• An exchange program conducted pursuant to an MOU, Statement of Intent, or other valid agreement or arrangement between a foreign government and any federal, state, or local government entity in the United States that is designed to promote U.S. national interests if the agreement or arrangement with the foreign government was in effect prior to the effective date of the Presidential Proclamation.
  • Interns and Trainees on U.S. government agency-sponsored programs (G-3 on DS-2019): An exchange visitor participating in an exchange visitor program in which he or she will be hosted by a U.S. government agency and the program supports the immediate and continued economic recovery of the United States.
  • Specialized Teachers in Accredited Educational Institutions with a program (G-5 on DS-2019): An exchange visitor participating in an exchange program in which he or she will teach full-time, including a substantial portion that is in person, in a publicly or privately operated primary or secondary accredited educational institution where the applicant demonstrates ability to make a specialized contribution to the education of students in the United States.
  • Critical foreign policy objectives: This only includes programs where an exchange visitor participating in an exchange program that fulfills critical and time sensitive foreign policy objectives.

L-1A applicants

  • Travel as a public health or healthcare professional, or researcher to alleviate the effects of the COVID-19 pandemic, or to conduct ongoing medical research in an area with a substantial public health benefit.
  • Travel based on a request from a U.S. government agency or entity to meet critical foreign policy objectives or satisfy treaty or contractual obligations.  An example of this would be supporting U.S. military base construction or IT infrastructure.
  • Travel by applicants seeking to resume ongoing employment in the United States in the same position with the same employer and visa classification.   Forcing employers to replace employees in this situation may cause undue financial hardship.
  • Travel by a senior level executive or manager filling a critical business need of an employer meeting a critical infrastructure need (for example, chemical, communications, dams, defense industrial base, emergency services, energy, financial services, food and agriculture, government facilities, healthcare and public health, information technology, nuclear reactors, transportation, and water systems). An L-1A applicant falls into this category when at least two of the following three indicators are present AND the L-1A applicant is not seeking to establish a new office in the United States:
  1. Will be a senior-level executive or manager;
  2. Has spent multiple years with the company overseas, indicating a substantial knowledge and expertise within the organization that can only be replicated by a new employee within the company following extensive training that would cause the employer financial hardship; or
  3. Will fill a critical business need for a company meeting a critical infrastructure need.

L-1A applicants seeking to establish a new office in the United States likely do NOT fall into this category, unless two of the three criteria are met AND the new office will employ, directly or indirectly, five or more U.S. workers.

L-1B applicants

  • Travel as a public health or healthcare professional, or researcher to alleviate the effects of the COVID-19 pandemic, or to conduct ongoing medical research in an area with a substantial public health benefit. This includes those traveling to alleviate effects of the COVID-19 pandemic that may be a secondary effect of the pandemic.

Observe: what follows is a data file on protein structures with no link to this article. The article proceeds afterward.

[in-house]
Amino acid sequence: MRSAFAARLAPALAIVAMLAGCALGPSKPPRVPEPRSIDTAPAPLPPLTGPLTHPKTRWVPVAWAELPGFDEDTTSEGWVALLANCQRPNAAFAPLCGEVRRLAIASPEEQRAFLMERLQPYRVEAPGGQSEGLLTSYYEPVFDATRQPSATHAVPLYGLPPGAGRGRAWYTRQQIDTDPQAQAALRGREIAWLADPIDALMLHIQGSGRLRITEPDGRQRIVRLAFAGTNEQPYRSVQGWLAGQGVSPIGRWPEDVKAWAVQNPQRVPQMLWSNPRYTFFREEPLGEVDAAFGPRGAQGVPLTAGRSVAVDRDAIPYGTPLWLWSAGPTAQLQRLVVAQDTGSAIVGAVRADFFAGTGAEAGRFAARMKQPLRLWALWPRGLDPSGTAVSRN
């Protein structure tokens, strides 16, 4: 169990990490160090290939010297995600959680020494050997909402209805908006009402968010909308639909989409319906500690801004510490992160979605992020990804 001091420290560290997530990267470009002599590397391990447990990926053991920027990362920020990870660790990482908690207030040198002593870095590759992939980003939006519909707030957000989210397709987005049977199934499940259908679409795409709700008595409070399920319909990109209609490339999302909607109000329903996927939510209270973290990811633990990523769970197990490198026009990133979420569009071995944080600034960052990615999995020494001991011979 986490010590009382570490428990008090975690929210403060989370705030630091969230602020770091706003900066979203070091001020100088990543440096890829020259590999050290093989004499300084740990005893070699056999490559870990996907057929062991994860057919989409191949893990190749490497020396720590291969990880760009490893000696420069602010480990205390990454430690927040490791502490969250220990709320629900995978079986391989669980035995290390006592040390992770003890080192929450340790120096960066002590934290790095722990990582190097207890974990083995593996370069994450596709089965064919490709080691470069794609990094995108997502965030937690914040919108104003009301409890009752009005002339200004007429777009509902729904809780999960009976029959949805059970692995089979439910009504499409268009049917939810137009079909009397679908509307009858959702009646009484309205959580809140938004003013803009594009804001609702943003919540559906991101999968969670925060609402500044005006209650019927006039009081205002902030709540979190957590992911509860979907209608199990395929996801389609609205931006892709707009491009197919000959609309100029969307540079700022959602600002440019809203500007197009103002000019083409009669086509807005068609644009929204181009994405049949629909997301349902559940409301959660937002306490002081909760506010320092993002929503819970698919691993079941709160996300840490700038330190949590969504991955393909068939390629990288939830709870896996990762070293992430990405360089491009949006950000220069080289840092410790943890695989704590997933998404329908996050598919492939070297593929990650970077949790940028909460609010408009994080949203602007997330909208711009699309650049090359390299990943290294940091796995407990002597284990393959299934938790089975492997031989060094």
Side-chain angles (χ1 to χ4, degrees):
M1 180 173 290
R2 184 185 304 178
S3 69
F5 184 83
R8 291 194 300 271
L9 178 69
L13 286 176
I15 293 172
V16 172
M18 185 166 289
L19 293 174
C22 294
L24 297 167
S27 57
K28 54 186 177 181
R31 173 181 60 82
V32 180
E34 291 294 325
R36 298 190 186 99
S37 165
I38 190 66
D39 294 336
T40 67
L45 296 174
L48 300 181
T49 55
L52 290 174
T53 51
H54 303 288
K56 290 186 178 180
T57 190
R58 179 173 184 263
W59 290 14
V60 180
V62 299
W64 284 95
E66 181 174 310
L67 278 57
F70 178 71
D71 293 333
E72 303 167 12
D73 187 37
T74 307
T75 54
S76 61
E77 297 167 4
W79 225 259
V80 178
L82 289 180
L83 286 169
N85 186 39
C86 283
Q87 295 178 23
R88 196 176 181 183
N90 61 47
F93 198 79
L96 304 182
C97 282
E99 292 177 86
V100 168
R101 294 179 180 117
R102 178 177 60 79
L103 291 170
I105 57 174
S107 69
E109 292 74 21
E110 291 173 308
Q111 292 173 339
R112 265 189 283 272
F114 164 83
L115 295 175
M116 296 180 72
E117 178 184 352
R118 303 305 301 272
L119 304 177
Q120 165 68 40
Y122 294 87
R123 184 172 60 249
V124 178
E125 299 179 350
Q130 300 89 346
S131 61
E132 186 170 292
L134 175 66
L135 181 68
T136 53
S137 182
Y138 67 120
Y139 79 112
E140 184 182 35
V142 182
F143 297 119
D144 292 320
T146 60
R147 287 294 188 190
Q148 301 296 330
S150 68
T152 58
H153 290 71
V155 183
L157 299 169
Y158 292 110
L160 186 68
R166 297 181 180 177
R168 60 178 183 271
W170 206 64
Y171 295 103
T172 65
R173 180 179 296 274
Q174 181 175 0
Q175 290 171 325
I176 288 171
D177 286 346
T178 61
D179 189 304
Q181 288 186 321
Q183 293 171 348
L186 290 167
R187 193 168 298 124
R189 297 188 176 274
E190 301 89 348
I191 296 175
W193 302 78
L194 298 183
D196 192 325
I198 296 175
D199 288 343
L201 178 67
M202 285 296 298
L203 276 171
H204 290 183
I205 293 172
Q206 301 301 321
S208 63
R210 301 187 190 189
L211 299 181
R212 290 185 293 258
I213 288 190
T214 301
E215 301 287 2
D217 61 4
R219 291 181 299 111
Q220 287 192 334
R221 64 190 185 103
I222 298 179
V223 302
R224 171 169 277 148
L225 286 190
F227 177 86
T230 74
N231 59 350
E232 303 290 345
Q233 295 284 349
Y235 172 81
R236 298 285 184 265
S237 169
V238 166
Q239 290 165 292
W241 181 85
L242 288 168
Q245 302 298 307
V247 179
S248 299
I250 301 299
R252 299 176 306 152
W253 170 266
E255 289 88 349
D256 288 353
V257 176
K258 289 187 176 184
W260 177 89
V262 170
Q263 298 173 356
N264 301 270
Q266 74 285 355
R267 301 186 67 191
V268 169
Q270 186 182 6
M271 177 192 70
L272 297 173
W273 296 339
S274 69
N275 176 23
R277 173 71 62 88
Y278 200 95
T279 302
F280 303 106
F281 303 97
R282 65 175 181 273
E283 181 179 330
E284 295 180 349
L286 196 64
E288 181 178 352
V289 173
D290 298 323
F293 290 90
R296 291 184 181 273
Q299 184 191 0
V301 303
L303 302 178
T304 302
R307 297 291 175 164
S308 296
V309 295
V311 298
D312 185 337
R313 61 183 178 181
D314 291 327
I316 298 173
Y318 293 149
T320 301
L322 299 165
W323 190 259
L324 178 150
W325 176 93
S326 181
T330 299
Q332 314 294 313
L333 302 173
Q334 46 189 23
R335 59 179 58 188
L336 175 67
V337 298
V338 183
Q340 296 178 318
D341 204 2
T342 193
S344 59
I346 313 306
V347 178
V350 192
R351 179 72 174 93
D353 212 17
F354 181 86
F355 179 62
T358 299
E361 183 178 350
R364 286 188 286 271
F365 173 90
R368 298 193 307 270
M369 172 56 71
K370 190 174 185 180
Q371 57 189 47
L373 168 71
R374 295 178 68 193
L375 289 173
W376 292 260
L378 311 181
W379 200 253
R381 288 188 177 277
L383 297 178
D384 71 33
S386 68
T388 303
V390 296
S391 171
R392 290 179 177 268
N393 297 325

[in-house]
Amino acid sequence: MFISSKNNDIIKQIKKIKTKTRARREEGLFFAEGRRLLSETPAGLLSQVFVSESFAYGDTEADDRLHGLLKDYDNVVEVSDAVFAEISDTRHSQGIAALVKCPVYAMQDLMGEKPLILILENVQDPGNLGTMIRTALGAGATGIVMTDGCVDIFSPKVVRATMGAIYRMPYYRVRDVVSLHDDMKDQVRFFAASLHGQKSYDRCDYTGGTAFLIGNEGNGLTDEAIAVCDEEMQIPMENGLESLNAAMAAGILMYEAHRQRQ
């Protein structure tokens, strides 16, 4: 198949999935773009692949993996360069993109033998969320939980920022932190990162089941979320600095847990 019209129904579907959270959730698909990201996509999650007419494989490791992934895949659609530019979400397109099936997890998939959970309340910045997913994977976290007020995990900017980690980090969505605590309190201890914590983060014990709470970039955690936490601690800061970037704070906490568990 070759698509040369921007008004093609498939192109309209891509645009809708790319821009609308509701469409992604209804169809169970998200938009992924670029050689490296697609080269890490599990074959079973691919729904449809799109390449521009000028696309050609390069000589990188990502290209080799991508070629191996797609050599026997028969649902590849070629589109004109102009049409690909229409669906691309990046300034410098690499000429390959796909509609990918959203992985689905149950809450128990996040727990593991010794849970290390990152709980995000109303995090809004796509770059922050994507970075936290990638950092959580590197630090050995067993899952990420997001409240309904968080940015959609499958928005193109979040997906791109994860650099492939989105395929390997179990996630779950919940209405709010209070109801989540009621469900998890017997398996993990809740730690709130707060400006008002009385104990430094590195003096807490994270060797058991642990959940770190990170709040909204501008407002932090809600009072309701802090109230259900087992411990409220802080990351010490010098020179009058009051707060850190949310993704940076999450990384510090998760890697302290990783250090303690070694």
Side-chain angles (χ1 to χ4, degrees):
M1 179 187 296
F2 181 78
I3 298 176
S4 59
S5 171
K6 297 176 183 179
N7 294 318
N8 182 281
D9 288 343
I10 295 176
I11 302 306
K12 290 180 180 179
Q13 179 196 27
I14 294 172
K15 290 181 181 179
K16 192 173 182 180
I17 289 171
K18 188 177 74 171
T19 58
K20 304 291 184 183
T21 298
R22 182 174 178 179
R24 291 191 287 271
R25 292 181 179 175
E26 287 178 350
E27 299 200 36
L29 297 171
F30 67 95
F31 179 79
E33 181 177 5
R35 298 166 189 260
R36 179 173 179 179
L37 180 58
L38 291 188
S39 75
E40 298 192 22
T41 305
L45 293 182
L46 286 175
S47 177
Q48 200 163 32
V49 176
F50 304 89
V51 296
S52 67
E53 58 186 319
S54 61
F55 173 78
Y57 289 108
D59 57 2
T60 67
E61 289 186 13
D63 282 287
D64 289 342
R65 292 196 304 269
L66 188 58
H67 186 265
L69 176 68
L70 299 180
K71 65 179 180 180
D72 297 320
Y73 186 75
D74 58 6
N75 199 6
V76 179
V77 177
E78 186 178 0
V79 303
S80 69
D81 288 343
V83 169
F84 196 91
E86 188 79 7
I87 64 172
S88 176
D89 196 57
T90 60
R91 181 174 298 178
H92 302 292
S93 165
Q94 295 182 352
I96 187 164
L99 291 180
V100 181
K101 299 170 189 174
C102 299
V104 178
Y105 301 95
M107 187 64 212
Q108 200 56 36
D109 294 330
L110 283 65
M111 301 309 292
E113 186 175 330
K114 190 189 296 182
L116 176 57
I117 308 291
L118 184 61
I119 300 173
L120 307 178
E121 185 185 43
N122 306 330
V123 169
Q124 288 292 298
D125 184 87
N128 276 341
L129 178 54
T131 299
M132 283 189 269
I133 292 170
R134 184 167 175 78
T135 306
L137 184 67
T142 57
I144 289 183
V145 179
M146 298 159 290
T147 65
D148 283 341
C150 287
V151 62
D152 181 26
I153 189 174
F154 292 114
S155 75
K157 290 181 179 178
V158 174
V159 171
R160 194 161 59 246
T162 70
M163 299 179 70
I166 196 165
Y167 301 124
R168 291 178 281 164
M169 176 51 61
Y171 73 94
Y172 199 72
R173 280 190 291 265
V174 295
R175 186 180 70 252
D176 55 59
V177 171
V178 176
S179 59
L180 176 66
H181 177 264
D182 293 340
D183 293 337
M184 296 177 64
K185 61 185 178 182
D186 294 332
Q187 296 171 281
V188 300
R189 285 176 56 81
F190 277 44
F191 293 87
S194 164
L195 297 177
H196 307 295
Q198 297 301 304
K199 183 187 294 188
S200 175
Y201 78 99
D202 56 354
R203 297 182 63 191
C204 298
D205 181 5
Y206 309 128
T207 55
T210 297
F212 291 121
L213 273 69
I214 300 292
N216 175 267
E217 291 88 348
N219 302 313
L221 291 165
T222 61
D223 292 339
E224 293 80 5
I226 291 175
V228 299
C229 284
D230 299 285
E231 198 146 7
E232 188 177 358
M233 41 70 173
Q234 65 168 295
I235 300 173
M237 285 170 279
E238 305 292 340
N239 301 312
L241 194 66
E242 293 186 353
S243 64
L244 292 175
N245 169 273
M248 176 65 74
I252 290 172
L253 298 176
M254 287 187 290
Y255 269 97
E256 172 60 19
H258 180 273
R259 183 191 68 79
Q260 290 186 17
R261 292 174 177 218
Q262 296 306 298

• Travel based on a request from a U.S. government agency or entity to meet critical foreign policy objectives or satisfy treaty or contractual obligations. An example of this would be supporting U.S. military base construction or IT infrastructure.
  • Travel by applicants seeking to resume ongoing employment in the United States in the same position with the same employer and visa classification.  Forcing employers to replace employees in this situation may cause undue financial hardship.
  • Travel as a technical expert or specialist meeting a critical infrastructure need.  The consular officer may determine that an L-1B applicant falls into this category if all three of the following indicators are present:
  1. The applicant’s proposed job duties and specialized knowledge indicate the individual will provide significant and unique contributions to the petitioning company;
  2. The applicant’s specialized knowledge is specifically related to a critical infrastructure need; AND
  3. The applicant has spent multiple years with the company overseas, indicating a substantial knowledge and expertise within the organization that can only be replicated by a new employee within the company following extensive training that would cause the employer financial hardship.

H-4, L-2, and J-2 applicants

  • National interest exceptions are available for those who will accompany or follow to join a principal applicant who is a spouse or parent and who has been granted a national interest exception.

Exceptions under the proclamation for certain travel in the national interest by immigrants may include the following:

  • Applicants who are subject to aging out of their current immigrant visa classification before the Proclamation expires on December 31, 2020 or within two weeks thereafter.

Travelers who believe their travel falls into one of these categories or is otherwise in the national interest may request a visa application appointment at the closest Embassy or Consulate and a decision will be made at the time of interview as to whether the traveler has established that they are eligible for a visa pursuant to an exception.

Given the complexity of this situation, we strongly recommend that any client in H-1B, H-2B, J-1 or L-1 status contact their attorney before making any plans to travel out of the U.S.

We recognize that this is an extremely stressful time for our clients and immigrants in general and will be happy to consult with you if you believe you qualify for one of these exceptions. If you are not currently a client and have questions as to how this order may impact you.  Please call our office at 215-925-0705 or schedule a consultation online here.